The Golden State Warriors barely faced any adversity throughout the season, routinely punishing opponents and not dealing with many key injuries. That adversity finally came in the form of a gritty Memphis Grizzlies team in the Western Conference Semifinals. The Grizzlies were the team that had the size and style that could potentially be the foil to Golden State, and after three games, the Warriors looked like they were in some trouble. Down 2-1 with Game 4 on the road, the title favorite was on the ropes and facing the biggest test of its season.
Needless to say, Golden State passed that test with flying colors, reaffirming its status as the championship favorite thanks to a lot of Stephen Curry, a lot of three-pointers and a lot of defense. The Warriors won the last three games handily by an average of 16.7 points, recalling the dominance of their regular season to advance to the Western Conference Finals.
It all starts with Curry, who shot 15-of-40 overall and 4-of-21 from three in the losses in Games 2 and 3. It seemed like the hounding defense of Tony Allen and Mike Conley had gotten to Curry, because when does Stephen Curry ever go 4-of-21 from three in a two-game span?
But Curry proved why he was the MVP in the last three games of the series. He averaged 27.7 points and 6.7 assists in Games 4-6, and while he shot “only” 43.4 percent overall, he made 18-of-35 from long range. It certainly helped that Allen was slowed by a hamstring injury and either didn’t play or was ineffective, but credit Curry for snapping out of those shooting doldrums and sparking the Warriors when they needed it most.
Speaking of those three-point shots, Golden State simply took a hammer to Memphis in that department. Charles Barkley always yammers on about post play and how you can’t win by shooting so many jumpers, but the Warriors did just that. Those last three games, Golden State made 43 three-pointers, while the Grizzlies made only 12. That’s a 129-36 point differential on three-pointers in three games.
It’s hard to win games when you’re getting burned like that from the outside, no matter how good your inside game is. And unfortunately for Memphis, it’s inside game wasn’t close to good enough, and part of the reason for that was Golden State’s elite defense. Despite the Grizzlies’ size and the Warriors’ penchant for shooting jumpers, Memphis only outscored Golden State in the paint by 16 points over the last three games. The Grizzlies did have a significant free throw advantage in Game 6, but not in Games 4 and 5.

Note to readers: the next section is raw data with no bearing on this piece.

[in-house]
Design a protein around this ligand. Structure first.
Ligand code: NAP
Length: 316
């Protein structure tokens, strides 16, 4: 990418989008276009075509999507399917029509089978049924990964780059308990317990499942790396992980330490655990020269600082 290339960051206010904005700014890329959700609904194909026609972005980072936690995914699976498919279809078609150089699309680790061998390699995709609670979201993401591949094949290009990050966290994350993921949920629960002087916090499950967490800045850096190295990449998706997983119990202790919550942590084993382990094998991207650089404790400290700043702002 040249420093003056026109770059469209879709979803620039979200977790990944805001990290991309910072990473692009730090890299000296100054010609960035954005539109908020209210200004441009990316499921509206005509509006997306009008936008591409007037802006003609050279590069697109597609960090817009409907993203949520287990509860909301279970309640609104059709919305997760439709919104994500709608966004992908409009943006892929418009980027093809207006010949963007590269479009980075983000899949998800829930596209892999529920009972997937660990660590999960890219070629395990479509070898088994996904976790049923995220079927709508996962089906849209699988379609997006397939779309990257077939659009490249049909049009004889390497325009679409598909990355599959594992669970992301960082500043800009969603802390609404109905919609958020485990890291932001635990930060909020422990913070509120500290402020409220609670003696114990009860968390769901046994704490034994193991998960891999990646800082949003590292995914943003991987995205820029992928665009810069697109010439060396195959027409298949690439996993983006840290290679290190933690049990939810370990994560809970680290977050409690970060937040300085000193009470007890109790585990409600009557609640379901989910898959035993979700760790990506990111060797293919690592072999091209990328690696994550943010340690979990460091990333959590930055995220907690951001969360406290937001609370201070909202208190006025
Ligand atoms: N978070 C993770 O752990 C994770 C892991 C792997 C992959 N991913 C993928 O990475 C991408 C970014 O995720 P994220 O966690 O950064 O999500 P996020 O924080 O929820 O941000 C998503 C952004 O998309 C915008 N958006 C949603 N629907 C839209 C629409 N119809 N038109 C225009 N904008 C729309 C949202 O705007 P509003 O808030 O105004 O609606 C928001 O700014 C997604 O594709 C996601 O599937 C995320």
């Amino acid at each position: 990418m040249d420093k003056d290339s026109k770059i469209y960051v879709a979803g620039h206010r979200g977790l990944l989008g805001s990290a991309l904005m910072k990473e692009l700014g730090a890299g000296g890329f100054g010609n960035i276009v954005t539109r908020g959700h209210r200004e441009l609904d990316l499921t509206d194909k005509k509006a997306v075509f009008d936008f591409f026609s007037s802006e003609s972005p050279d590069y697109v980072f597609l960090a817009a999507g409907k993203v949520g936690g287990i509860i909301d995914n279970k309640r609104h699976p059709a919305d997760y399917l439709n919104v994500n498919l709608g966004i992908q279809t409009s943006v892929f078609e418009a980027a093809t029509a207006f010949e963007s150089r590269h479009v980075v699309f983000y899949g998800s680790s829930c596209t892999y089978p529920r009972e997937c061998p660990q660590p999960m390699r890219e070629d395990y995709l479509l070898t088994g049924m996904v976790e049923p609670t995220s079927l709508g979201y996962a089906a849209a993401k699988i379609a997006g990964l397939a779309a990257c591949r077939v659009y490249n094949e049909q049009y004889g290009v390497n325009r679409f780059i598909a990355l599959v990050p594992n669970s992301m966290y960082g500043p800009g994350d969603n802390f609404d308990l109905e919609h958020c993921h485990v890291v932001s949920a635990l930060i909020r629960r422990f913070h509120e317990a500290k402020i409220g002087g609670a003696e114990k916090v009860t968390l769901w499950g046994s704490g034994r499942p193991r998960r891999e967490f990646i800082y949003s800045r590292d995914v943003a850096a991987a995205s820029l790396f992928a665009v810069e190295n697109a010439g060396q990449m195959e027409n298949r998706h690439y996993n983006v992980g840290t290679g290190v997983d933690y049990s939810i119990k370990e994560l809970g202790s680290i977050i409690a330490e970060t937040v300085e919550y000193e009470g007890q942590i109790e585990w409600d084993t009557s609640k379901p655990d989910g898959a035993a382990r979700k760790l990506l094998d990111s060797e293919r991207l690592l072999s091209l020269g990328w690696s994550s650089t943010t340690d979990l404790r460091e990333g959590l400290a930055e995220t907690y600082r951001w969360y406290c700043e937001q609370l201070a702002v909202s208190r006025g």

The presence of Andrew Bogut and Draymond Green makes it tough for anybody to score inside, even though Green is undersized. Throw in the length and athleticism of players like Klay Thompson, Harrison Barnes, Andre Iguodala and Shaun Livingston, and the Warriors are just a nightmare to go up against. Memphis found that out the hard way, shooting under 40 percent in each of the last three games of the series.
Looking ahead, the Warriors will be the favorite in the Western Conference Finals and NBA Finals if they get there. The Los Angeles Clippers would seem to pose the stiffer challenge in the West Finals, but the Clippers first need to avoid one of the bigger collapses in NBA playoff history. LeBron James could be waiting in the NBA Finals, but his Cleveland Cavaliers are hobbled and would likely prove no match for Golden State.
Championship teams usually face some kind of adversity on the way to a title, and it’s normally good for them. Not every team can be the 72-win Chicago Bulls. The Warriors finally faced that adversity, and they got past it looking like a team on a way to a title.